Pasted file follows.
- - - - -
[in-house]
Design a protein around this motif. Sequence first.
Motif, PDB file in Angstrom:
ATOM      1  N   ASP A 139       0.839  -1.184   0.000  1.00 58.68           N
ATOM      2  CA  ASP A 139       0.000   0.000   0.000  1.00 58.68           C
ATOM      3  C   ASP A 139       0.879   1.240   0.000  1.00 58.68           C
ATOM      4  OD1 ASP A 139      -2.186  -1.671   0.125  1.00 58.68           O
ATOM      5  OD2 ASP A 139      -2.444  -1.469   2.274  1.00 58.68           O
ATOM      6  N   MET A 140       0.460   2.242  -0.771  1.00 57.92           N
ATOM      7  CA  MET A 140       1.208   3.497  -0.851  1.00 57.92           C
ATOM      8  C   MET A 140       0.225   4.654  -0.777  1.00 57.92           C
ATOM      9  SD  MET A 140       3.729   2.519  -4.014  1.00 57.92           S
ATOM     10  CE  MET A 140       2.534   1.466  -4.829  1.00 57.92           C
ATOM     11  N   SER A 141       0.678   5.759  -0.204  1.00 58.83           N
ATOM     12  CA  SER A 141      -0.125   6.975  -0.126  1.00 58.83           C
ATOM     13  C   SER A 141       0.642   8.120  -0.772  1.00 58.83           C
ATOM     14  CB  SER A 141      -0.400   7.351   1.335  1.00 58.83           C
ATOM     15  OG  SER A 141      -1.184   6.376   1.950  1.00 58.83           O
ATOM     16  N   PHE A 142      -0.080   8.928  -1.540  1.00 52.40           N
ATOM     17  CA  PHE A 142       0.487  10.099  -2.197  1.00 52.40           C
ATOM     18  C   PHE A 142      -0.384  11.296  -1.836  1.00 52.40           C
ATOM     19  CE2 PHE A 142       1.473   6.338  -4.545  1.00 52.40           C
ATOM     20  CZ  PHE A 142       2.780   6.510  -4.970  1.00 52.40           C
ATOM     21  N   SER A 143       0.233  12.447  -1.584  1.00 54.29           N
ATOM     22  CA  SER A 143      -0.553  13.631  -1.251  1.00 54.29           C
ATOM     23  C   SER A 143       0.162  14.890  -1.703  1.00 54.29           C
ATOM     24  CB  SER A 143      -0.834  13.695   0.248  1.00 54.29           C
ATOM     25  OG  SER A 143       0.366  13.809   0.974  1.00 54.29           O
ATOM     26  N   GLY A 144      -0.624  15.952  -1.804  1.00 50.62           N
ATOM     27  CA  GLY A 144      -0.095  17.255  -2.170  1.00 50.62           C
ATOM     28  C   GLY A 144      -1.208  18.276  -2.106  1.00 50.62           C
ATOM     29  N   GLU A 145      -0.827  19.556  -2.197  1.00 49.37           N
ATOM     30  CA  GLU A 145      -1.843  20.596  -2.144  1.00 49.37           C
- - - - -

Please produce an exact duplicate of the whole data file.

[in-house]
Design a protein around this motif. Sequence first.
Motif, PDB file in Angstrom:
ATOM      1  N   ASP A 139       0.839  -1.184   0.000  1.00 58.68           N
ATOM      2  CA  ASP A 139       0.000   0.000   0.000  1.00 58.68           C
ATOM      3  C   ASP A 139       0.879   1.240   0.000  1.00 58.68           C
ATOM      4  OD1 ASP A 139      -2.186  -1.671   0.125  1.00 58.68           O
ATOM      5  OD2 ASP A 139      -2.444  -1.469   2.274  1.00 58.68           O
ATOM      6  N   MET A 140       0.460   2.242  -0.771  1.00 57.92           N
ATOM      7  CA  MET A 140       1.208   3.497  -0.851  1.00 57.92           C
ATOM      8  C   MET A 140       0.225   4.654  -0.777  1.00 57.92           C
ATOM      9  SD  MET A 140       3.729   2.519  -4.014  1.00 57.92           S
ATOM     10  CE  MET A 140       2.534   1.466  -4.829  1.00 57.92           C
ATOM     11  N   SER A 141       0.678   5.759  -0.204  1.00 58.83           N
ATOM     12  CA  SER A 141      -0.125   6.975  -0.126  1.00 58.83           C
ATOM     13  C   SER A 141       0.642   8.120  -0.772  1.00 58.83           C
ATOM     14  CB  SER A 141      -0.400   7.351   1.335  1.00 58.83           C
ATOM     15  OG  SER A 141      -1.184   6.376   1.950  1.00 58.83           O
ATOM     16  N   PHE A 142      -0.080   8.928  -1.540  1.00 52.40           N
ATOM     17  CA  PHE A 142       0.487  10.099  -2.197  1.00 52.40           C
ATOM     18  C   PHE A 142      -0.384  11.296  -1.836  1.00 52.40           C
ATOM     19  CE2 PHE A 142       1.473   6.338  -4.545  1.00 52.40           C
ATOM     20  CZ  PHE A 142       2.780   6.510  -4.970  1.00 52.40           C
ATOM     21  N   SER A 143       0.233  12.447  -1.584  1.00 54.29           N
ATOM     22  CA  SER A 143      -0.553  13.631  -1.251  1.00 54.29           C
ATOM     23  C   SER A 143       0.162  14.890  -1.703  1.00 54.29           C
ATOM     24  CB  SER A 143      -0.834  13.695   0.248  1.00 54.29           C
ATOM     25  OG  SER A 143       0.366  13.809   0.974  1.00 54.29           O
ATOM     26  N   GLY A 144      -0.624  15.952  -1.804  1.00 50.62           N
ATOM     27  CA  GLY A 144      -0.095  17.255  -2.170  1.00 50.62           C
ATOM     28  C   GLY A 144      -1.208  18.276  -2.106  1.00 50.62           C
ATOM     29  N   GLU A 145      -0.827  19.556  -2.197  1.00 49.37           N
ATOM     30  CA  GLU A 145      -1.843  20.596  -2.144  1.00 49.37           C